2009 in retrospect

28 Dec 2009

As 2009 is drawing to a close, it’s time to look back and see what I’ve accomplished this past year. My professional goals for 2009 were to work on challenging software development tasks, preferably on larger projects. I wanted to continue to grow my skills working with .Net in general and SharePoint in particular. In addition, I wanted to be more involved with higher-level development decisions, such as requirements gathering and solution design.

So how did the year go?

  • Changed jobs to one that gravitates more around larger projects. The rationale being that larger projects come with larger engineering challenges. I spend six months on an Asp.Net project followed by three on a SharePoint project. For various reasons, I wasn’t as involved in higher-level development decisions as I would’ve liked to.
  • Did two presentations. One on Unit testing and mocking for the Asp.Net project that I was working on at the time. The other presentation was on Parallel page rendering with Asp.Net and SharePoint for my current project. None involving rocket science, but I find so few are familiar with the techniques.
  • Made my way through three certifications. The 70-536: MS .NET Framework, Application Development Foundation, 70-562: MS .NET Framework 3.5, ASP.NET Application Development, and Prince2 Foundation. I’ve mixed feelings about certifications. Certainly, I learned valuable lessons studying for each one. Yet, given the same amount of time, I’m inclined to think I would’ve learned more studying books, blogs, listening to various podcasts, and writing.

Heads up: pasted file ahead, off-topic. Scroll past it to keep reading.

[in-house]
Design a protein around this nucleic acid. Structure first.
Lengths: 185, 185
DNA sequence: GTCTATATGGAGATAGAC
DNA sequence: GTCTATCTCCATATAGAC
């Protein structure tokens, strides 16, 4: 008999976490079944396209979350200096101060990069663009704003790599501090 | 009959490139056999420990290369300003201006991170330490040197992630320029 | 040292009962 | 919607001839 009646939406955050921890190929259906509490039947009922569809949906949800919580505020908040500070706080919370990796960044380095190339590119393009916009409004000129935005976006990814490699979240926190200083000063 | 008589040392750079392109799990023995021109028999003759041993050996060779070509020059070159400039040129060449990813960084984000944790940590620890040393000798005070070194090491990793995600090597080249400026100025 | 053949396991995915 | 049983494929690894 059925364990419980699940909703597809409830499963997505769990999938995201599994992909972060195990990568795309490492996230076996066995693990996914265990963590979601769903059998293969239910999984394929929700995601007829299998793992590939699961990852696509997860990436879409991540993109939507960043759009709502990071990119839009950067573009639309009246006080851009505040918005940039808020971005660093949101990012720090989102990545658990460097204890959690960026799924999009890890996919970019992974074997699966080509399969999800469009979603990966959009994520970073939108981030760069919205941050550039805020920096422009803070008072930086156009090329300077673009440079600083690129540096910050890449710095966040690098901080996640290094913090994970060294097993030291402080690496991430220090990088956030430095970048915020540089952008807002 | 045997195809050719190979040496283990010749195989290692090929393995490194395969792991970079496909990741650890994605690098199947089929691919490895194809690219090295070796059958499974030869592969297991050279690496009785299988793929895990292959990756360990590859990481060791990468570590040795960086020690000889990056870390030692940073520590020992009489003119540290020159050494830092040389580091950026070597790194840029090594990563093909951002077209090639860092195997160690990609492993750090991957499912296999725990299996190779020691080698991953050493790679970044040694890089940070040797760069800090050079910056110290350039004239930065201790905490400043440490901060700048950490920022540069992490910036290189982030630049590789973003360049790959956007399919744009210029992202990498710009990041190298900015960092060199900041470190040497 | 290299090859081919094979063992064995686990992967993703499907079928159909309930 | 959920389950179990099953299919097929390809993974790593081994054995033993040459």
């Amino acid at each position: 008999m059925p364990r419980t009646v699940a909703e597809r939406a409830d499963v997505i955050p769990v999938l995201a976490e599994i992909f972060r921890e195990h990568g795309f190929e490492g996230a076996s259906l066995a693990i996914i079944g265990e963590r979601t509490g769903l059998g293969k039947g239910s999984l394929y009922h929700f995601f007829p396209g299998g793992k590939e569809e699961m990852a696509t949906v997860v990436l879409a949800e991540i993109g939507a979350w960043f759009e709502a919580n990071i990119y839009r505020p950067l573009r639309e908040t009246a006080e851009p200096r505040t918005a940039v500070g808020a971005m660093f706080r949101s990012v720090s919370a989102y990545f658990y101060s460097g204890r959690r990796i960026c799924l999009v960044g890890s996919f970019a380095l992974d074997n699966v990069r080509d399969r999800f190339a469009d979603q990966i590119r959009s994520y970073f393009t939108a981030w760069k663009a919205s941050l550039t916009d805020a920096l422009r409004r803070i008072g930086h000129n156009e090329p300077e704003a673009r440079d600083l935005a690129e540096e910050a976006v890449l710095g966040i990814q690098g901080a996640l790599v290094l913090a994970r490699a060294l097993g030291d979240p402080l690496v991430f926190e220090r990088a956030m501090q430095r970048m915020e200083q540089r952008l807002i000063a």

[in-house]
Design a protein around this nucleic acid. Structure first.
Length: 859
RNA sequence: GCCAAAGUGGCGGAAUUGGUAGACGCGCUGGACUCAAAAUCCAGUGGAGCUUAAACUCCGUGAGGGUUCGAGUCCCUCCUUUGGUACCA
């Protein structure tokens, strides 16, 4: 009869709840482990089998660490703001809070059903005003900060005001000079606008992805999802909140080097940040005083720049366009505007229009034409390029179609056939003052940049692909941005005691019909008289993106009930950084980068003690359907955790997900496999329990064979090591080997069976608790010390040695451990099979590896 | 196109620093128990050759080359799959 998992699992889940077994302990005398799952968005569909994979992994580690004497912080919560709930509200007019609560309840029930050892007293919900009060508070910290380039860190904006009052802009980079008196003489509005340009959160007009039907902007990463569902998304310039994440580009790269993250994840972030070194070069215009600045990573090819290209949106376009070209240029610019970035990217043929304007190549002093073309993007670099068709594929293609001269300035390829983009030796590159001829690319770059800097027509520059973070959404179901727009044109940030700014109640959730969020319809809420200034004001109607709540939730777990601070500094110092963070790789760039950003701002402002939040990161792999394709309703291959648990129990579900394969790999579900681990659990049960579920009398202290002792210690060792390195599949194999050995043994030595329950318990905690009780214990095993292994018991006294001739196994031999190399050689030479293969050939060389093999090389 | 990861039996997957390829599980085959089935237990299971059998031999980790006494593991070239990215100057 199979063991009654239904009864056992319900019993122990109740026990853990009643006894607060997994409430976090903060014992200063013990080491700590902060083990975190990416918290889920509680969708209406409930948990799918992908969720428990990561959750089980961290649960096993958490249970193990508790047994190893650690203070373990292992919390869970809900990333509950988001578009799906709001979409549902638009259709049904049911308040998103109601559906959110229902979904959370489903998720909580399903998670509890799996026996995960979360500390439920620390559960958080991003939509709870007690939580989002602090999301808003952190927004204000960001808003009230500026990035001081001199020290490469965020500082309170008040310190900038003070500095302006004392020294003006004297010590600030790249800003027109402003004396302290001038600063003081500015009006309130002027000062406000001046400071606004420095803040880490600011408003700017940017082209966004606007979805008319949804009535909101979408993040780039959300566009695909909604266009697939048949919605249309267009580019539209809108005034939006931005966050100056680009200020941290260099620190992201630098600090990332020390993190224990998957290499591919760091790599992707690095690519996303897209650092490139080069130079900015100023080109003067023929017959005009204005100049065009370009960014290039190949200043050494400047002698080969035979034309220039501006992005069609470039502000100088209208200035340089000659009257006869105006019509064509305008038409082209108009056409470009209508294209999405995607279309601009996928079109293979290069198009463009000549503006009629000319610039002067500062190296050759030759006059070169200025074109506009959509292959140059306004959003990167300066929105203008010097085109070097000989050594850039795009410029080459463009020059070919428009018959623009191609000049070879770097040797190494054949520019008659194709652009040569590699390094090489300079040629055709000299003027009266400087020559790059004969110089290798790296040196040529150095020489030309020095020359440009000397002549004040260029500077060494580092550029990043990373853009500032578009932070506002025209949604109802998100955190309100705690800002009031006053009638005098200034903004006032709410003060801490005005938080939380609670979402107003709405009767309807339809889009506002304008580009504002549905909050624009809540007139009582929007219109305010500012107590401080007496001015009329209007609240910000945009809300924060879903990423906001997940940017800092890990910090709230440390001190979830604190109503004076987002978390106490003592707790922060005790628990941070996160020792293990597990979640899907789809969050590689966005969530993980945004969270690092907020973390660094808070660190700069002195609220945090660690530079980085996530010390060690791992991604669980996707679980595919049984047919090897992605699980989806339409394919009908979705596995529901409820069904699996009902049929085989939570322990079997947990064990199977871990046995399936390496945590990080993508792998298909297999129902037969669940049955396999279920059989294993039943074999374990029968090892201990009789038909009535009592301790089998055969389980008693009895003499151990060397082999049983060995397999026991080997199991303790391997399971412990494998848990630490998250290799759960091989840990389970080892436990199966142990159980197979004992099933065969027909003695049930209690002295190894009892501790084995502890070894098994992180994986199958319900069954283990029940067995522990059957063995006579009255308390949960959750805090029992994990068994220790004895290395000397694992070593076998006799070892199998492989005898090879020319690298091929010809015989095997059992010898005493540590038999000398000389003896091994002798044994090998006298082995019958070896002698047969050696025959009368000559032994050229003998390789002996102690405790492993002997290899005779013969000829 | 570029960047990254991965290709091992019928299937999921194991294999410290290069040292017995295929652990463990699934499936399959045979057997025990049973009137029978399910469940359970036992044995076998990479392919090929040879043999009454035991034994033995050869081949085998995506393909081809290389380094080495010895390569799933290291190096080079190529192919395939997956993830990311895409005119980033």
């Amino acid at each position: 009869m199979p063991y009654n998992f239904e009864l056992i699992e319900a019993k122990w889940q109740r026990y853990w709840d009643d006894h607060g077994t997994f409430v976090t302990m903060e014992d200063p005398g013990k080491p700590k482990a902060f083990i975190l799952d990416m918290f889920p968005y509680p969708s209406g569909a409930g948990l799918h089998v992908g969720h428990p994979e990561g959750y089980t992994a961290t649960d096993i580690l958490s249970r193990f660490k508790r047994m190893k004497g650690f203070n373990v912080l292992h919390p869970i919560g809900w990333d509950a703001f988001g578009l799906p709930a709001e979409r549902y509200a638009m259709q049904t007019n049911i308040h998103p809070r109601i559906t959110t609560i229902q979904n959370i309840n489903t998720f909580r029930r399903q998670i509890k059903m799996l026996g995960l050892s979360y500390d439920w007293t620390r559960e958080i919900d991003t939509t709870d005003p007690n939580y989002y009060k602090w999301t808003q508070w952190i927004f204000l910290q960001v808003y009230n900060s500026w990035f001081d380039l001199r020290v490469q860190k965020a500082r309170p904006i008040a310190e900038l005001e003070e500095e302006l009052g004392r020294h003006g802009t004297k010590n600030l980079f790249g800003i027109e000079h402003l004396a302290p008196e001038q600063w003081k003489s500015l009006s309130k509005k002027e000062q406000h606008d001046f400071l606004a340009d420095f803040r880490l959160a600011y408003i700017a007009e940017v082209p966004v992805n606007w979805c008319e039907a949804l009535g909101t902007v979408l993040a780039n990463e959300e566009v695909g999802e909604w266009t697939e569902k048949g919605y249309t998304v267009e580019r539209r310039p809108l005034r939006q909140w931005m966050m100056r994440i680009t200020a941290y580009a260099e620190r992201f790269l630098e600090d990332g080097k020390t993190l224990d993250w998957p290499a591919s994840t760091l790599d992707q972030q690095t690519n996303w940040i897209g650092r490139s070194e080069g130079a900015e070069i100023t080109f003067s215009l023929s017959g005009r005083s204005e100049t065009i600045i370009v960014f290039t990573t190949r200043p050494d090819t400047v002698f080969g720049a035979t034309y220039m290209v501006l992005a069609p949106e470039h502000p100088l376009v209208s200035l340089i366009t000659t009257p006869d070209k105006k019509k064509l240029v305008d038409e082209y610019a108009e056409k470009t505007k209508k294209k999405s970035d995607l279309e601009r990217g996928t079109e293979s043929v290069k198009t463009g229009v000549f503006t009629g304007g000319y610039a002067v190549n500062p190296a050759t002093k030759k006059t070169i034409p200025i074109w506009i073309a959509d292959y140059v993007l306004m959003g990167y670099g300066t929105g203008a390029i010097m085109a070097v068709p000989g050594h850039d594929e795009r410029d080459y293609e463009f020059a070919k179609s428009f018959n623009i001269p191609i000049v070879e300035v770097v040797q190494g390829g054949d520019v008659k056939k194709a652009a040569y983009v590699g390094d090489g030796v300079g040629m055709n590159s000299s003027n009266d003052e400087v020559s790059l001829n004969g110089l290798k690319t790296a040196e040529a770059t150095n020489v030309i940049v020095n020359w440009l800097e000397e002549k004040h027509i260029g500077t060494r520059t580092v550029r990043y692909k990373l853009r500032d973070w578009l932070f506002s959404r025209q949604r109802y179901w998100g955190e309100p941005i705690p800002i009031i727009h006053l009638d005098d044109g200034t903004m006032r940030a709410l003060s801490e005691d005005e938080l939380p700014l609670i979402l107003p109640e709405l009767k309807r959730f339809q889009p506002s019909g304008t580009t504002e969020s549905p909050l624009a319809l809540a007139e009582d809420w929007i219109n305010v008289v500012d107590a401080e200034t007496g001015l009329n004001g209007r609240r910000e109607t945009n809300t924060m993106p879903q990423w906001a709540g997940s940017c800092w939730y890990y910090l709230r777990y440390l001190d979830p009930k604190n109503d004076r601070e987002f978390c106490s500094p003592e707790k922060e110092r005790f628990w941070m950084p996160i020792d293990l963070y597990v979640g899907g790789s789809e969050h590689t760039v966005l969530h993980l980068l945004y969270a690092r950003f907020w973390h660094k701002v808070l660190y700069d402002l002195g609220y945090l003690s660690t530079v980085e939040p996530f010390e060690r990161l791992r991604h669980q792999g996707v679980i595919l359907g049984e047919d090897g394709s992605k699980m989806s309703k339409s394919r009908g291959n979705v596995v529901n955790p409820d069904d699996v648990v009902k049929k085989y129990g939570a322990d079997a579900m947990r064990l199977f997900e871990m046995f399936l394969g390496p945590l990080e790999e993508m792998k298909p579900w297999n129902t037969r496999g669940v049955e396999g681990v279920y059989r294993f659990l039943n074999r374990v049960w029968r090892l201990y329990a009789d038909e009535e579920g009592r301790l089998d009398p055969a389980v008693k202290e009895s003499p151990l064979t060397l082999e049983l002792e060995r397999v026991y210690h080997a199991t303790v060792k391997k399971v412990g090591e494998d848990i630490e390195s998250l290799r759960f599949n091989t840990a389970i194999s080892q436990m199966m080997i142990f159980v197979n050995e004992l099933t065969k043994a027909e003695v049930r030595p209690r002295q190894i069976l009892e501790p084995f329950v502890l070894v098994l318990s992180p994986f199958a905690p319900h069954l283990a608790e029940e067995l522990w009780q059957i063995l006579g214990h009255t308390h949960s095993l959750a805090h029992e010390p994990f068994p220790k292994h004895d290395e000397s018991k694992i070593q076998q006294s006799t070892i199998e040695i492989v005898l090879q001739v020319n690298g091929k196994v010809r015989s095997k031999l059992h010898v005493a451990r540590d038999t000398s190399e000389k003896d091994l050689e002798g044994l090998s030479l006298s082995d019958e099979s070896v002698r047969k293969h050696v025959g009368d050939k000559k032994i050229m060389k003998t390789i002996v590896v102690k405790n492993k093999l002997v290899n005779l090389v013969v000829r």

• Attended the Jaoo conference on software engineering. It was my first time attending a conference and it sure was enlightening. I intentionally went for a conference not tied to a specific vendor because I felt I’d learn more that way. My issue with Microsoft conferences like Tech-Ed or PDC is their focus on the latest technology buzz. Buzz that quickly becomes obsolete or is already heavily exposed on the web. Not to mention that most sessions are available online afterward.
  • Learned functional programming. My focus on new technology has mostly been on various aspects of functional programming. A subject that’s interested me for years, but one that’s only recently started to permeate C#, my language of choice. I learned a great deal about F# when I generated fractal terrains and about XSL when I had to jump through functional loops and about functional programming in general.
  • Wrote 16 blog posts (25 pages, 10,000 words). Compared to previous years it’s a record. Naturally, not all posts were equally good. Nevertheless I enjoyed learning about the subjects and feel they helped advance my writing skills. The posts on Basic unit testing guidelines and Why not to comment code did manage to gain traction on Reddit, though.

All things considered, I’m pleased with 2009. The only thing I regret is not being more involved in higher-level development decisions. I like coding, but it’s a means to an end. Being involved with a task from start to finish is what ignites my fire. I must push harder on that in 2010.